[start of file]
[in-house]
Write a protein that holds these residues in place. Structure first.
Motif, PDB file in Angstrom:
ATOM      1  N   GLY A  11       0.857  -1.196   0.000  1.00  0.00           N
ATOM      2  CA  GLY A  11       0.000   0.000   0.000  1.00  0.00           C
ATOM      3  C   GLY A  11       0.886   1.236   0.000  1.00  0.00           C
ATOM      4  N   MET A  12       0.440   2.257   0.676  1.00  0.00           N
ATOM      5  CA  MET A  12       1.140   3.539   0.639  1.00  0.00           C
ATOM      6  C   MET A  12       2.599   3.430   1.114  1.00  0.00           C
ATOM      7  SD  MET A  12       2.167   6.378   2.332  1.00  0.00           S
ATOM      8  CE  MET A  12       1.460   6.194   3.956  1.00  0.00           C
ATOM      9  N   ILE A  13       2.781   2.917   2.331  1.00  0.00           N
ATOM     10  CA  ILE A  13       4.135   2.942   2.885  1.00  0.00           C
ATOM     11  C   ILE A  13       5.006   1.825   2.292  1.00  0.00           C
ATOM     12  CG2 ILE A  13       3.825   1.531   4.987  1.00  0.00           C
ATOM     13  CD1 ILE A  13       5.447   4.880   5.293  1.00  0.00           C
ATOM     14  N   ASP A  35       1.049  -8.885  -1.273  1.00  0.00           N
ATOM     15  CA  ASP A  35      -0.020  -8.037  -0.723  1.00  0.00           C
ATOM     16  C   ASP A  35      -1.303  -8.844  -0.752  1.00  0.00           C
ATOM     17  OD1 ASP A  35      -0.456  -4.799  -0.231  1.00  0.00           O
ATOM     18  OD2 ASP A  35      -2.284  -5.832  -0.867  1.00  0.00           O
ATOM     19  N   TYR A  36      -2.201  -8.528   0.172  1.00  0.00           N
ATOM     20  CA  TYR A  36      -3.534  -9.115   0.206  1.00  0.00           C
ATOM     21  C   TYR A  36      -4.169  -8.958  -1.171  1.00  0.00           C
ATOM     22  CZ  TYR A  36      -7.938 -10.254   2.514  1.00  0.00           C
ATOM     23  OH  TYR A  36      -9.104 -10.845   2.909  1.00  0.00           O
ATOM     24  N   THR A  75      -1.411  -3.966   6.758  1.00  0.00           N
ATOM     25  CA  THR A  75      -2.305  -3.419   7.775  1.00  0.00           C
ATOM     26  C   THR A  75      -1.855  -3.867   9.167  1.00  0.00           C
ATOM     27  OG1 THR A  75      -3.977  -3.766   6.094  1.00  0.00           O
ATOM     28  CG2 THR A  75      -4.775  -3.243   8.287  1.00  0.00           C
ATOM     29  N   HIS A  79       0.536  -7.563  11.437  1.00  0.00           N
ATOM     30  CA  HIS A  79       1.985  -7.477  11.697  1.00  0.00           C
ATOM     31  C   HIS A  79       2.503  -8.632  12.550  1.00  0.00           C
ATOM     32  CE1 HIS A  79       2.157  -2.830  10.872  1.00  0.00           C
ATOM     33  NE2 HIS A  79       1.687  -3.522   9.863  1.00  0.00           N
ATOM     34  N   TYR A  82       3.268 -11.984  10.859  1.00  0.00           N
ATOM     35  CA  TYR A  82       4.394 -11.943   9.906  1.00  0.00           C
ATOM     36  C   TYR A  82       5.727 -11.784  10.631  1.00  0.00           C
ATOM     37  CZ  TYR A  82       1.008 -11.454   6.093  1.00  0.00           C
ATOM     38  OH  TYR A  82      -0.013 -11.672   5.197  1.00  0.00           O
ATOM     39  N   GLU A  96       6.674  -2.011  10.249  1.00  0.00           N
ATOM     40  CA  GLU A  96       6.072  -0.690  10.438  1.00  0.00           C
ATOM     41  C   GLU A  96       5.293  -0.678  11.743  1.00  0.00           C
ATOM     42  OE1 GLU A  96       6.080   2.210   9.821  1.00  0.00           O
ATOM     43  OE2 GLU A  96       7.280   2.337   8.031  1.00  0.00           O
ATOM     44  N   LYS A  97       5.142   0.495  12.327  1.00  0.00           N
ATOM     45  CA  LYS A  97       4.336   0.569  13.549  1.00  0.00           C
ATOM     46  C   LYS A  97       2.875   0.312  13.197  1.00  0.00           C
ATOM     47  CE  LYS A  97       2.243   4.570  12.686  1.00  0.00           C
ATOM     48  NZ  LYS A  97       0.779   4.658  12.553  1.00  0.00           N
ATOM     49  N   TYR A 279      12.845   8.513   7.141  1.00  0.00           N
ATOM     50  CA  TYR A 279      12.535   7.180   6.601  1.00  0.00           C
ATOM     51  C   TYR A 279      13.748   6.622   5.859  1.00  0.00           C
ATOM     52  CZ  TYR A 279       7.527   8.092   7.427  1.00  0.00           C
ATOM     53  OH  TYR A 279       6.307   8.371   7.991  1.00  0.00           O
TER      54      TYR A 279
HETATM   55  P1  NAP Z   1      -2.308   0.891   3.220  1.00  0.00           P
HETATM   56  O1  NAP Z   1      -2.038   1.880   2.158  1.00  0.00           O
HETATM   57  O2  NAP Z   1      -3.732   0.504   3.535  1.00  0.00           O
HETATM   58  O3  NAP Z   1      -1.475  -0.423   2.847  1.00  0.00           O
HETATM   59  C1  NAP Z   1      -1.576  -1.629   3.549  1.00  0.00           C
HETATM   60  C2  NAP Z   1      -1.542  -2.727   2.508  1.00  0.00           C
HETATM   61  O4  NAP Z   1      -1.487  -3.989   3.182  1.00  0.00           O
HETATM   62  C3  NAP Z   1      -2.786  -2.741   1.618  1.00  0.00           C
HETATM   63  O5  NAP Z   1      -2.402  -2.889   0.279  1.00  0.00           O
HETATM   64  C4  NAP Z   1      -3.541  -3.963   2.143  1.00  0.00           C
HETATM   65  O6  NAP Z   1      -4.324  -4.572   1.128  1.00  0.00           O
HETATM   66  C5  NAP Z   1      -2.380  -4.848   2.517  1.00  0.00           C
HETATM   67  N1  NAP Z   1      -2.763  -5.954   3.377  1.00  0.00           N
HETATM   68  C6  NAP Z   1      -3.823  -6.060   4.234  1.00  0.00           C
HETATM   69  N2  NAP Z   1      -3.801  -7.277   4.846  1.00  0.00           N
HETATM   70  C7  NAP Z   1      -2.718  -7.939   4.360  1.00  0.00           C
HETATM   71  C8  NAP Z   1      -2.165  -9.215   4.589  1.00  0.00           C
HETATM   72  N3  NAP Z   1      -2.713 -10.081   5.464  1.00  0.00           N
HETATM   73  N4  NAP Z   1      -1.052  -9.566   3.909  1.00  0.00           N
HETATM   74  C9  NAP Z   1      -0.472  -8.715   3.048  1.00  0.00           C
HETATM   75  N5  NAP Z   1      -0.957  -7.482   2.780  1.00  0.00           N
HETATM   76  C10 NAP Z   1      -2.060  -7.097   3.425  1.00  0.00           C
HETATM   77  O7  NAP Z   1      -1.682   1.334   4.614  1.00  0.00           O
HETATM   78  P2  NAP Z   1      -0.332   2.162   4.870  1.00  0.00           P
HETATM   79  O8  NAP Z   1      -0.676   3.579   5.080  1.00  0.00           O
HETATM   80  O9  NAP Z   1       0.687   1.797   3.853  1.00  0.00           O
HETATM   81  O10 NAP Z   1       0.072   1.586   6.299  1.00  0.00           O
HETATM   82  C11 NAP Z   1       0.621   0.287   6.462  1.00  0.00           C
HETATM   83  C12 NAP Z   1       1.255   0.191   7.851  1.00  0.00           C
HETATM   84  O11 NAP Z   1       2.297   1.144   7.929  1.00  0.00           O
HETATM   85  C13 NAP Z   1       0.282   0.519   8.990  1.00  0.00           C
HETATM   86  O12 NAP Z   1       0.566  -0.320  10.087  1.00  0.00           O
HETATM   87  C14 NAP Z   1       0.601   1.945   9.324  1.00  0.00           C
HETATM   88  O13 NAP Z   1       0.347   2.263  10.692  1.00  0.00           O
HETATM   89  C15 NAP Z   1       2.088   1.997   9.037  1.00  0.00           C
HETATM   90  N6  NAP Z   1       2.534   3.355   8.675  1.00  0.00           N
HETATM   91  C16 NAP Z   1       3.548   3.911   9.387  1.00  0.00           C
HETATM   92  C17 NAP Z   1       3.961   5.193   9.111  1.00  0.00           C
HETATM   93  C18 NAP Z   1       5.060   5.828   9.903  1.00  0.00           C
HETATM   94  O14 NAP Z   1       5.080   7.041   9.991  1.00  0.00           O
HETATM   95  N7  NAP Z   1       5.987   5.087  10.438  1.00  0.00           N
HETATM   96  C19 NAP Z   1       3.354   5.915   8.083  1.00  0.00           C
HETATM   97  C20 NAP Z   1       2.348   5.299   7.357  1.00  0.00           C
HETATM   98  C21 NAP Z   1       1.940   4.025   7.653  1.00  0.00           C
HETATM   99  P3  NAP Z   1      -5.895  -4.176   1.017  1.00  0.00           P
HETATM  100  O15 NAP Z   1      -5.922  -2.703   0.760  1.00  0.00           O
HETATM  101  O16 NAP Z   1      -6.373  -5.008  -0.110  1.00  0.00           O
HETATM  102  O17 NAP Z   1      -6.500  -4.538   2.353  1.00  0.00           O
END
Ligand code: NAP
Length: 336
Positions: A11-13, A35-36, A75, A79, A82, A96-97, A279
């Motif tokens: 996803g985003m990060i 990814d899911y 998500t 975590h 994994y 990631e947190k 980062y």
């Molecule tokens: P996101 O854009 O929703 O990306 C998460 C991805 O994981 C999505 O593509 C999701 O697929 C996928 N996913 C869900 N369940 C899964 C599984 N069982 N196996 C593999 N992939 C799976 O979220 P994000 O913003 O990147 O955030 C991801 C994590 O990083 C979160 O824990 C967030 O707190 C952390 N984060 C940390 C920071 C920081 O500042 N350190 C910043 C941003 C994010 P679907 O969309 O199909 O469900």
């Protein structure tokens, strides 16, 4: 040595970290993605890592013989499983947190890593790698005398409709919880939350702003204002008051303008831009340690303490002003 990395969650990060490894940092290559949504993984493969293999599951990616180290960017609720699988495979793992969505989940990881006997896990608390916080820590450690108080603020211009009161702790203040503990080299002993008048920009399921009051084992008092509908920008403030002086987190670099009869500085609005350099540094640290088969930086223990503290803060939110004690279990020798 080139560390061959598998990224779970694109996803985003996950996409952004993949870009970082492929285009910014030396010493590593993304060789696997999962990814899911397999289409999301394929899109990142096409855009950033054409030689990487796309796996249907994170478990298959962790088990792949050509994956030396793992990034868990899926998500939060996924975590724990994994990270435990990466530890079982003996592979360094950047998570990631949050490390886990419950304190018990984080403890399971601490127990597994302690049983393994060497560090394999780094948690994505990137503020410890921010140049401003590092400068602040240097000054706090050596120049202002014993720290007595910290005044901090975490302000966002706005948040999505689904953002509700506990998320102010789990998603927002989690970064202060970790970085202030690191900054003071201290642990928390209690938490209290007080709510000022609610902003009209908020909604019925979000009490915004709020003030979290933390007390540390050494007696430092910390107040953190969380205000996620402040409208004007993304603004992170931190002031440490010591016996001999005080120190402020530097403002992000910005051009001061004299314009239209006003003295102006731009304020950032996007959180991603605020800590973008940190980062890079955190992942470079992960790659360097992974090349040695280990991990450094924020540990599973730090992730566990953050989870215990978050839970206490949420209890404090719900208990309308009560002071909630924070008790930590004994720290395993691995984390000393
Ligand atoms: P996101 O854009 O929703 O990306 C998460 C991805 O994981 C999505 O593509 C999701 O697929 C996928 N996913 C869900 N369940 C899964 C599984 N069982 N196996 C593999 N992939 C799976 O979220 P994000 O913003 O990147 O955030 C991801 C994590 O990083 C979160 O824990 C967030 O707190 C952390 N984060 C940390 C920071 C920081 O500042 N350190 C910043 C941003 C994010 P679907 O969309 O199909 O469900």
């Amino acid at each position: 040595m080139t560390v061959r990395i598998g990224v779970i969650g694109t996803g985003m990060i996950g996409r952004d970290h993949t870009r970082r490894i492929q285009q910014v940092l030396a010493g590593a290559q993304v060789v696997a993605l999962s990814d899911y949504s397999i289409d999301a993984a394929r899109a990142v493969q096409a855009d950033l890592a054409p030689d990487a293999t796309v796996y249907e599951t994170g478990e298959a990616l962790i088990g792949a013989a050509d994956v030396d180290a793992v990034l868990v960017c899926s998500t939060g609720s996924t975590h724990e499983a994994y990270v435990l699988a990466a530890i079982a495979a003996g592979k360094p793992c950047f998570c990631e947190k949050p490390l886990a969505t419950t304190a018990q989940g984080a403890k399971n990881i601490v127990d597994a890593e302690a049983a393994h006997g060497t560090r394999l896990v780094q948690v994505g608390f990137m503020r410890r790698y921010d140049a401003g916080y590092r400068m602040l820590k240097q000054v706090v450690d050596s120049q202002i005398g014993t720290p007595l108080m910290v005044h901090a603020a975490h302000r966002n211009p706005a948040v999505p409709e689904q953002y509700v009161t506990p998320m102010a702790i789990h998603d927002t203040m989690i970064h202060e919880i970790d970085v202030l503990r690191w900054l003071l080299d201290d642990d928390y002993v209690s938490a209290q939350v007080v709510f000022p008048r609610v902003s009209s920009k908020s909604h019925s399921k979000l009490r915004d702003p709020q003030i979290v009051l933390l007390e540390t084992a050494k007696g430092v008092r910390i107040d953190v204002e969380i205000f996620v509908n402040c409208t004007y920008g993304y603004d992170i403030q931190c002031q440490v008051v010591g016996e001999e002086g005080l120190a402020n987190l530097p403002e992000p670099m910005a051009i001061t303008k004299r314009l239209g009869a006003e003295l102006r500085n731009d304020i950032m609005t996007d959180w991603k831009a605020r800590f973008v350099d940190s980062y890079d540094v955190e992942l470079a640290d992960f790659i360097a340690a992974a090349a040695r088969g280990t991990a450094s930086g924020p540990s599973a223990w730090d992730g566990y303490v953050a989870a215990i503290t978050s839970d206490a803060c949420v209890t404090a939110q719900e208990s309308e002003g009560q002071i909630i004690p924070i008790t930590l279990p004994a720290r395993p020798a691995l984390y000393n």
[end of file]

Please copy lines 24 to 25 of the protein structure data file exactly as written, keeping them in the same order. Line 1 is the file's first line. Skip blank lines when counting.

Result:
ATOM     21  C   TYR A  36      -4.169  -8.958  -1.171  1.00  0.00           C
ATOM     22  CZ  TYR A  36      -7.938 -10.254   2.514  1.00  0.00           C